When my children have to get a permit to hold a lemonade stand, that is a sad commentary on America. When a gathering of moms gets told they are a business and the organizer has to pay the volunteers as employees, that is a sad commentary on America. When we pay nearly 30% of our income in taxes and some people still want to raise taxes, that is a sad commentary on America. When it is revealed the IRS targeted groups for political persecution, the NSA tracks all our phone calls, and the President of the United States tells college students they “should reject these voices” “that incessantly warn of government…or that tyranny always lurks just around the corner“, that is a sad commentary on America and on our freedoms.

We think we are free because we think we can still do the things that make us free. But it’s a sham of freedom, a weak imitation of ruling ourselves.

Worst of all, since we don’t actually understand freedom, we don’t recognize that it’s been reduced and taken away. We have slowly been educated to accept that what we have is actual, genuine freedom.

There is a scripture in the Book of Mormon that reads:

“And other will he [the Devil] pacify, and lull them away into carnal security, that they will say: All is well in Zion; yea, Zion prospereth, all is well – and thus the devil cheateth their souls, and he leadeth them away carefully down to hell.” (2 Nephi 28:21)

We have been lulled into security and the devil has lead us carefully away from freedom.

God’s plan is that men rule themselves. It is His plan that we become “heirs of God, and joint-heirs with Christ;“. We can’t do that if we are not “free to act for [ourselves].

We think we are free because we still have the trappings of freedom. Pull back the curtains though, and we find that the core is gone.

It will only be when we start educating ourselves and our neighbors and rejecting the taxes and regulations that enslave us that we will begin again to find the self-evident truths our nation was founded upon. Only then will we being again to be free.

The Modesty Question

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The single biggest question I see when nursing in public is discussed is modesty. There is an attitude that when we talk about nursing without a cover we are going to “just flop out” a breast and let it all hang out while we nurse.

In my experience, most women are discreet (whatever that means) when they nurse their babies and those of us who don’t cover up or remove ourselves to a secluded place believe we can be so without those stipulations.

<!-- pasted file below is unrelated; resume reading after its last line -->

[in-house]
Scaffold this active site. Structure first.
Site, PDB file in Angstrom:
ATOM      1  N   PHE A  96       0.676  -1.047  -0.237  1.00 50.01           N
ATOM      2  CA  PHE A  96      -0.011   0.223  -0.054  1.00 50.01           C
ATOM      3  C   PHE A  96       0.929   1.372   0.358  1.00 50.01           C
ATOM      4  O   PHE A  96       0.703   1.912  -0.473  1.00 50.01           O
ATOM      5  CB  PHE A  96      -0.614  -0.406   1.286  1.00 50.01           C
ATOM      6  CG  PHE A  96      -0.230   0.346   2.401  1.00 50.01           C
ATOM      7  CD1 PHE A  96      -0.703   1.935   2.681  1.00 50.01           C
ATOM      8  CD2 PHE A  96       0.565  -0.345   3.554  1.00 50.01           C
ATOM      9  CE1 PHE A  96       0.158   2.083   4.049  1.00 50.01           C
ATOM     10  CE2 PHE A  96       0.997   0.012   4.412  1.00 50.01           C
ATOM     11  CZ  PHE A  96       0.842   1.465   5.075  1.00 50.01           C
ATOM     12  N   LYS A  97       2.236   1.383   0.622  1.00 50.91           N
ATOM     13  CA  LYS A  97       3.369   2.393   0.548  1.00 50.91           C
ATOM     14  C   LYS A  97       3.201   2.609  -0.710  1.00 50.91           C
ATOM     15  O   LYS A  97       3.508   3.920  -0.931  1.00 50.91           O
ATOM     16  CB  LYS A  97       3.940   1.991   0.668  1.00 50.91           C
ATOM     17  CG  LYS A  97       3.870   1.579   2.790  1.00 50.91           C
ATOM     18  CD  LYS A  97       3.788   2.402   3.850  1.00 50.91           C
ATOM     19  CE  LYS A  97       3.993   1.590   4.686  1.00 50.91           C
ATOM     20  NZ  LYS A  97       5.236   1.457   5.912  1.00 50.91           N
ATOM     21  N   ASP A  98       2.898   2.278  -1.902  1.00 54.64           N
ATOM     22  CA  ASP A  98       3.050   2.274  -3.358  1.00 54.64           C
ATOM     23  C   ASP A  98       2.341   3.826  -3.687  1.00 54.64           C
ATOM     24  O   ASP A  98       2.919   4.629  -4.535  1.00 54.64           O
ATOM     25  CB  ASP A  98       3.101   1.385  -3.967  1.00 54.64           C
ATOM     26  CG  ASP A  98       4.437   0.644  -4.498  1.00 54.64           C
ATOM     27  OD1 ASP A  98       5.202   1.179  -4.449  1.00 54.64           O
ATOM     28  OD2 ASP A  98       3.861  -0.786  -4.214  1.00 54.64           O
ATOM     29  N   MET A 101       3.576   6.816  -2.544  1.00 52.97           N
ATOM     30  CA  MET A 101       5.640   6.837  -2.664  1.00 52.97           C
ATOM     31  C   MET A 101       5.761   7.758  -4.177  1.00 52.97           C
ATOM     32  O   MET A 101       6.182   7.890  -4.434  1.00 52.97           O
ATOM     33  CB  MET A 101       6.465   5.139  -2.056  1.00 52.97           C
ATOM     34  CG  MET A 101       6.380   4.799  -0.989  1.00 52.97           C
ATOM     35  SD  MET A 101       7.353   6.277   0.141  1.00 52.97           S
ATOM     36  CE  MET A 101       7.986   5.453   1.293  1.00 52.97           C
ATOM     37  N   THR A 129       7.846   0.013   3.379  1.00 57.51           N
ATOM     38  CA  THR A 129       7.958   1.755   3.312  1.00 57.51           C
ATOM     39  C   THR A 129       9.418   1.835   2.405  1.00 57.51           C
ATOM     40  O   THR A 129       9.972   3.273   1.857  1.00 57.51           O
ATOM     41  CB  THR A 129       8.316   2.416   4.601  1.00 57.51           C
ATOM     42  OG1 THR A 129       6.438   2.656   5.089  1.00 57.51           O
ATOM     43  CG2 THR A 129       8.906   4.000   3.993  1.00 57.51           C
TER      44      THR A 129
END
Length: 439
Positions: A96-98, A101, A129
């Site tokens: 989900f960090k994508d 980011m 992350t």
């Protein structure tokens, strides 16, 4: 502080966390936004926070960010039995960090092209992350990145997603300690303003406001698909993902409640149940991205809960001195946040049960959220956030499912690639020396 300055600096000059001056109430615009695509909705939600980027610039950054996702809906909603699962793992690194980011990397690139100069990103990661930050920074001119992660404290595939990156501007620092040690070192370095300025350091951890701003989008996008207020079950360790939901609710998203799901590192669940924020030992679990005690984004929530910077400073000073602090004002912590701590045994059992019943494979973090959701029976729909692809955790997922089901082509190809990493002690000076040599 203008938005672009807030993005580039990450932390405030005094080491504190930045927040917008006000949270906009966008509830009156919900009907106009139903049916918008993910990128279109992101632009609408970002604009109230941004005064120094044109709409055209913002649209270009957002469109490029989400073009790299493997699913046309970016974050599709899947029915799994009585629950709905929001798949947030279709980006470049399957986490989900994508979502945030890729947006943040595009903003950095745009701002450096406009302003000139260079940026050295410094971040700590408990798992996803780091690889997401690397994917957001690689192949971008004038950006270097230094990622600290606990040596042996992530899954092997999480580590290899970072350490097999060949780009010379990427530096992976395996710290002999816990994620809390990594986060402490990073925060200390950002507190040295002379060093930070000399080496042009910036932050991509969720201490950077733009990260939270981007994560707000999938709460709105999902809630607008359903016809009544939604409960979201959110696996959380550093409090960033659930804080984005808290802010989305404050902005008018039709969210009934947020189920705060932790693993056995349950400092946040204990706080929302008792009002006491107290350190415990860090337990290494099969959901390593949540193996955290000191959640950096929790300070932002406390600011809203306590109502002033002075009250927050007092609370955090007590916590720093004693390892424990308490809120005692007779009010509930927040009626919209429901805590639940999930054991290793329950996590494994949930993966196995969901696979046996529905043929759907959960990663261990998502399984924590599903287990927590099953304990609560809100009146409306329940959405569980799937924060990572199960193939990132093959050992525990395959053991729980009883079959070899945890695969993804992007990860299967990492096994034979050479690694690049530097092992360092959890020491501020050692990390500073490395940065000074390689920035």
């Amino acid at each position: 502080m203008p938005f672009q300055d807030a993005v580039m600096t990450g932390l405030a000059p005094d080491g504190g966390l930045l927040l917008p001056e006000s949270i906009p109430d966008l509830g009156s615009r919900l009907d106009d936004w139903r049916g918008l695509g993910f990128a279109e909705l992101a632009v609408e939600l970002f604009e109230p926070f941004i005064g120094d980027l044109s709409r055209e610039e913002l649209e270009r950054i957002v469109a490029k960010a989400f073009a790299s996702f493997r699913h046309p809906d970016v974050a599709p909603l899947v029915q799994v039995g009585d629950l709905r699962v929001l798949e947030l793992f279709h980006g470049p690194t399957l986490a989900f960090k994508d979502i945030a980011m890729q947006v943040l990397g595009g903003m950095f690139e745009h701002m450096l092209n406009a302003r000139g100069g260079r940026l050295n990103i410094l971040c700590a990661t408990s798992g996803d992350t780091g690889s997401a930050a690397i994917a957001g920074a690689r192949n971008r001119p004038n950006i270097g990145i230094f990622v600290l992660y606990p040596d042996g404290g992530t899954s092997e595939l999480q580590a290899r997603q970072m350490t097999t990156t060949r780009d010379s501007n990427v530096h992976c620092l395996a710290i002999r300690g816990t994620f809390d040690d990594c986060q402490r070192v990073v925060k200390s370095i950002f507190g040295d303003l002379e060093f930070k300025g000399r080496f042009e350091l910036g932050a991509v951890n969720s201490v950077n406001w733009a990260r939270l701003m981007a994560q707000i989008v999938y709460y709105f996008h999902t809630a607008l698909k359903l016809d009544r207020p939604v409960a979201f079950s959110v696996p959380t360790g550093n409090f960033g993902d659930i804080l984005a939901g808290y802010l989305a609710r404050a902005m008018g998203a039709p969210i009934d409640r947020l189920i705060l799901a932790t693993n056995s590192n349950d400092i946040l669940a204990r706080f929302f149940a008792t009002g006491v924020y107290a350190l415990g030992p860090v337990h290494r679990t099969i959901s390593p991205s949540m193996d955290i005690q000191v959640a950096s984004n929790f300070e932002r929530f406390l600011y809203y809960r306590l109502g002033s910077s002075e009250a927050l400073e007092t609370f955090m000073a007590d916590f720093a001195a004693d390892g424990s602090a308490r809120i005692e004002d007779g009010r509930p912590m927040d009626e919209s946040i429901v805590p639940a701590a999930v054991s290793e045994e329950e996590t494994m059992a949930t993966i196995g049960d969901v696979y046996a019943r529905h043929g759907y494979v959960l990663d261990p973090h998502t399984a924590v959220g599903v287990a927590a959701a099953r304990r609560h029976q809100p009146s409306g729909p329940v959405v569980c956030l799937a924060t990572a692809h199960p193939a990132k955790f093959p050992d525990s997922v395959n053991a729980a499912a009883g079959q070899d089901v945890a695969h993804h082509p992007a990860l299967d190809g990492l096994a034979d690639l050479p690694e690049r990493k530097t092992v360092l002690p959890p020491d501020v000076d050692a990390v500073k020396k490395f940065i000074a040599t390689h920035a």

The modesty question is interesting, especially in the LDS faith. More than almost any other faith, especially any other sect of Christianity, we have a strict code of modesty. Adult members who have gone through our temples commit to wearing clothing that covers the shoulders and legs to the knee and nearly everywhere in between. When discussing the modesty question in the context of the LDS faith, we cannot compare to others who might find it acceptable to wear sleeveless shirts and short skirts – an easy argument to make in favor of breastfeeding for the rest of the world. In this, I do not mean to offend those who are not LDS, just to point out we have a much stricter standard of modesty than others may.

Unfortunately, this standard of dress sometimes is seen as the only aspect necessary to be modest and modesty is taught to many young women that “We need to dress modestly so that we don’t make young men think bad thoughts.” That actually makes less sense to me now then when I was in Young Women’s, though it’s a topic for another post.

Since having a baby and deciding to breastfeed her in public without covering up, I’ve had to decide whether or not I believe it is modest and, more importantly, if I believe that God believes I’m behaving modestly.

To that end, I started in my favorite place: the Merriam-Webster online dictionary.

It states that Modesty is:

1 : freedom from conceit or vanity

2 : propriety in dress, speech, or conduct

While most of the words there are commonly understood, I would suggest you look up each defining word separately for a fuller understanding. The one that really caught my attention was “propriety”.

The first two definitions of propriety are obsolete, but I still feel they still have value in this discussion:

1 obsolete: true nature

2 obsolete: a special characteristic : peculiarity

3: the quality or state of being proper or suitable : appropriateness

4a: conformity to what is socially acceptable in conduct or speech

4b: fear of offending against conventional rules of behavior especially between the sexes

4cplural: the customs and manners of polite society

Clearly, my behavior lacks propriety when defined as conformity to what is socially acceptable. However, in many ways and may places my behavior does not conform to what is socially acceptable. Additionally, just because the culture dictates that a behavior is appropriate or inappropriate does not make it so in the eyes of God.

Additionally, when defined as “true nature” or appropriateness, then my behavior of nursing my baby whenever, wherever has propriety.

Please do not mistake me as dismissing the value of social norms or polite society. They are both necessary and extremely valuable when they are correct. However, when they are incorrect they become stumbling stones that can have long-reaching negative effects on individuals, families and societies.

Left with this failure of clarity, my next step was to refer to material published by the LDS church. In the Gospel Topics section of the church’s website, modesty has it’s own section. It states in part: